In honour of National Science Day on 28 February, we’re putting PETA India and our international affiliates under the microscope to see how they are modernising science in India and around the world. Here are the top seven ways:
1. Ending Product Testing on Animals
Blinding rabbits for mascara or detergent? Not on our watch! Following intense campaigns by PETA India and work by the Union Minister of Women and Child Development, Maneka Gandhi, the Ministry of Health and Family Welfare banned testing cosmetics on animals and even went a step further by also banning the importation of animal-tested cosmetics. There’s more: the relevant Bureau of Indian Standards committee removed animal testing from the requirements for household products. However, animal-tested household products are still sold in India, so be sure to check out our list of cruelty-free companies before you shop.
2. Cutting Out Dissection
Animals deserve to be left in peace – not in pieces. Thanks to PETA India, Gandhi and others, the University Grants Commission banned all animal dissection and experimentation (for training purposes) in university and college zoology and life-sciences undergraduate and postgraduate courses. Furthermore, the Pharmacy Council of India banned the use of animals to train students, and the Dental Council of India banned the use of animals for training both undergraduate and postgraduate students.
3. Offering Trauma-Free Training
To show schools how effective non-animal training tools are, PETA India held a national veterinary training workshop for veterinary professors and a medical training workshop for people in the medical field. Nearly 500 teachers from 120 medical schools attended our continuing medical education workshop series, which included lectures and demonstrations of modern, effective and economical humane-education methods that can be used in Bachelor of Medicine, Bachelor of Surgery (or “MBBS”) curricula.
4. Funding Non-Animal Tests and Submitting Shareholder Resolutions
PETA US have provided more than US$1 million in funding for the advancement of non-animal testing methods and other options to replace animal testing. Another way PETA US help animals in laboratories is through their innovative shareholder campaign. PETA US have filed shareholder resolutions covering many animal-testing issues with dozens of chemical and pharmaceutical companies.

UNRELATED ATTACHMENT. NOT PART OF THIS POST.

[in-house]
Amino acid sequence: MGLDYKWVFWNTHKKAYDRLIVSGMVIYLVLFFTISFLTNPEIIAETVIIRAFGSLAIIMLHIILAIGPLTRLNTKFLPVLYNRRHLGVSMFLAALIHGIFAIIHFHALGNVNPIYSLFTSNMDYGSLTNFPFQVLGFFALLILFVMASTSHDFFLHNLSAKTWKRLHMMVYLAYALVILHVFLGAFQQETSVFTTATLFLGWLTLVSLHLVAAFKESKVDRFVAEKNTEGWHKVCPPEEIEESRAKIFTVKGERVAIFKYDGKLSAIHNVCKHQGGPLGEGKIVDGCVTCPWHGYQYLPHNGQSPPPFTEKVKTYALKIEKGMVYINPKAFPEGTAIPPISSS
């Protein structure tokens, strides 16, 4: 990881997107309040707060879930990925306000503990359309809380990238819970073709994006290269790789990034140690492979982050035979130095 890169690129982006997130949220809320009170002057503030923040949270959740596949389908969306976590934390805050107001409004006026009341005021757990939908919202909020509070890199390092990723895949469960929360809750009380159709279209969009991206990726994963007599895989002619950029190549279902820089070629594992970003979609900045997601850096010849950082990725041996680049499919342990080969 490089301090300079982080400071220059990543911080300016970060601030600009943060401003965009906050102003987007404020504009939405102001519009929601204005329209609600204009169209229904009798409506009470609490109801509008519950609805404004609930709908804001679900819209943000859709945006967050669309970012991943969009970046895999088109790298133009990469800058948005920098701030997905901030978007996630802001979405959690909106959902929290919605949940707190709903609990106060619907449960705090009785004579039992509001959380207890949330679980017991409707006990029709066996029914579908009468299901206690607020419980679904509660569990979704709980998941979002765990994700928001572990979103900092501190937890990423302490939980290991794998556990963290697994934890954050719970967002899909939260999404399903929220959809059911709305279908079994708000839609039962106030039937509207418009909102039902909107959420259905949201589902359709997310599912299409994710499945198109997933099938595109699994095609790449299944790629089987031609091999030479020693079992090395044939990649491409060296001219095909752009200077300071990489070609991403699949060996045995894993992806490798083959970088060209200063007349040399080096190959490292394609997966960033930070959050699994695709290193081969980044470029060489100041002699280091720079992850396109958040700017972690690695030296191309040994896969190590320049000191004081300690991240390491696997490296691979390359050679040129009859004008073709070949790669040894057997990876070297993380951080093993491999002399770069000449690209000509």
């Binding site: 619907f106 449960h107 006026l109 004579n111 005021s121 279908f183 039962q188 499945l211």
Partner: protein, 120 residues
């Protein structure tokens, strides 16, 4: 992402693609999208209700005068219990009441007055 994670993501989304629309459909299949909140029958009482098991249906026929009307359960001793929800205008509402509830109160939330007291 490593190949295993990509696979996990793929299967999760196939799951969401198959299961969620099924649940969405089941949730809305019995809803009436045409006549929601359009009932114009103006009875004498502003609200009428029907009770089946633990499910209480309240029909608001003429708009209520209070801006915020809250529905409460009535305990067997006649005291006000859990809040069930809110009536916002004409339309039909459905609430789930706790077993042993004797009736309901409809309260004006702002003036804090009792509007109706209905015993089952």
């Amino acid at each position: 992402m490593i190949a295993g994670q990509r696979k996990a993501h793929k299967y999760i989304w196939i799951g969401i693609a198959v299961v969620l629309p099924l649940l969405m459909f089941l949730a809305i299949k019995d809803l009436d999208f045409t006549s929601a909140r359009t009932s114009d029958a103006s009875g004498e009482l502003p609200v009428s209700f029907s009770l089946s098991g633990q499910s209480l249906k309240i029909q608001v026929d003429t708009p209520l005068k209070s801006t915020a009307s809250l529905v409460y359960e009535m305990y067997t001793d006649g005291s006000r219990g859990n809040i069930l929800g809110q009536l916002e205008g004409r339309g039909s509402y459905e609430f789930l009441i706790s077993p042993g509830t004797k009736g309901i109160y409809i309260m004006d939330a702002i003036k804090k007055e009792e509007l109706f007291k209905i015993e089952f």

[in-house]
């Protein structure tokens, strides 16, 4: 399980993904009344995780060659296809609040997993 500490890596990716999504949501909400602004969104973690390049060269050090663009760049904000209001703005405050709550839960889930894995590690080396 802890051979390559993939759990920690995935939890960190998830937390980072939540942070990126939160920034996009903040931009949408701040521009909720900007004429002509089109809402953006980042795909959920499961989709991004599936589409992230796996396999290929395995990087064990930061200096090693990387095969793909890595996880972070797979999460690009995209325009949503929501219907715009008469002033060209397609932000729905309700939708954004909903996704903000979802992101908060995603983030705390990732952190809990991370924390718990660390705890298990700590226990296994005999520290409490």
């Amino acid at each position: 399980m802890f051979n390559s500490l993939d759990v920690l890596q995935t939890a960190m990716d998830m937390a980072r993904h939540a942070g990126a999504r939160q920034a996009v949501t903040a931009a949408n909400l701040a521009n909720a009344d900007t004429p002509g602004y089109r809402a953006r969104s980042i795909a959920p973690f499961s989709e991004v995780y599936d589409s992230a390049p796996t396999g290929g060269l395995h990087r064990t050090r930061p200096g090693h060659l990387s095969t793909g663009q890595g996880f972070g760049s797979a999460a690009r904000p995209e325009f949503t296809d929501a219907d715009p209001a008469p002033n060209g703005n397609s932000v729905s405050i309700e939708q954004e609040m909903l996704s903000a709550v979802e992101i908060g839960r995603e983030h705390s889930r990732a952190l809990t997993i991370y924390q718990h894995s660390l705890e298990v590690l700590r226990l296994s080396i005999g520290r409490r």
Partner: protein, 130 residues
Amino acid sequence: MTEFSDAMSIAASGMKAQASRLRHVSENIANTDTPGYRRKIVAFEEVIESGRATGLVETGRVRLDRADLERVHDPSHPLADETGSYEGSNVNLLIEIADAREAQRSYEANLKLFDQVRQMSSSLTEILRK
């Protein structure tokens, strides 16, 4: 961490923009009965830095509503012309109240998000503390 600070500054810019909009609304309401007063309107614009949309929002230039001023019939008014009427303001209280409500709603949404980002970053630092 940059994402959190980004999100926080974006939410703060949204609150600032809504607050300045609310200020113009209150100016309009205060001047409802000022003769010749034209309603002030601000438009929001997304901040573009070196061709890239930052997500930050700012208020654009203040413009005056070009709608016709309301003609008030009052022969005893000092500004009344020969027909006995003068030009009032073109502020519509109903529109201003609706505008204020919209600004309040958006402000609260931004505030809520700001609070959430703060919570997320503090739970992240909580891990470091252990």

5. Rescuing Animals Sent to Laboratories
Thanks to PETA India and others, 70 beagles who were imported from China by Advinus Therapeutics Ltd, a pharmaceutical laboratory in Bangalore, were rescued and taken to animal-protection groups for adoption.
6. Halting Animal Experiments at the IRIS Science Fair
After speaking with PETA India, the Initiative for Research and Innovation in Science (IRIS) and Intel Technology India Pvt Ltd banned animal experiments from the IRIS National Fair. Now, students can compete compassionately in India’s largest student science contest.
7. Holding Free Webinars on Animal-Friendly Testing Methods
In case there is any question as to whether PETA and its affiliates mean business, take a look at the consortium that is working to help implement non-animal testing methods and whose members include PETA and its affiliates. The PETA International Science Consortium, Ltd, and another group called Chemical Watch hold free webinars focusing on non-animal testing methods and strategies. These webinars help industry toxicologists, those registering chemicals for the first time and companies that would like to know more about validated non-animal tests that are available now and how other businesses are using them.
Show your support for animals who are suffering in laboratories by letting the world know that testing on animals is just plain cruel and that you won’t be part of it.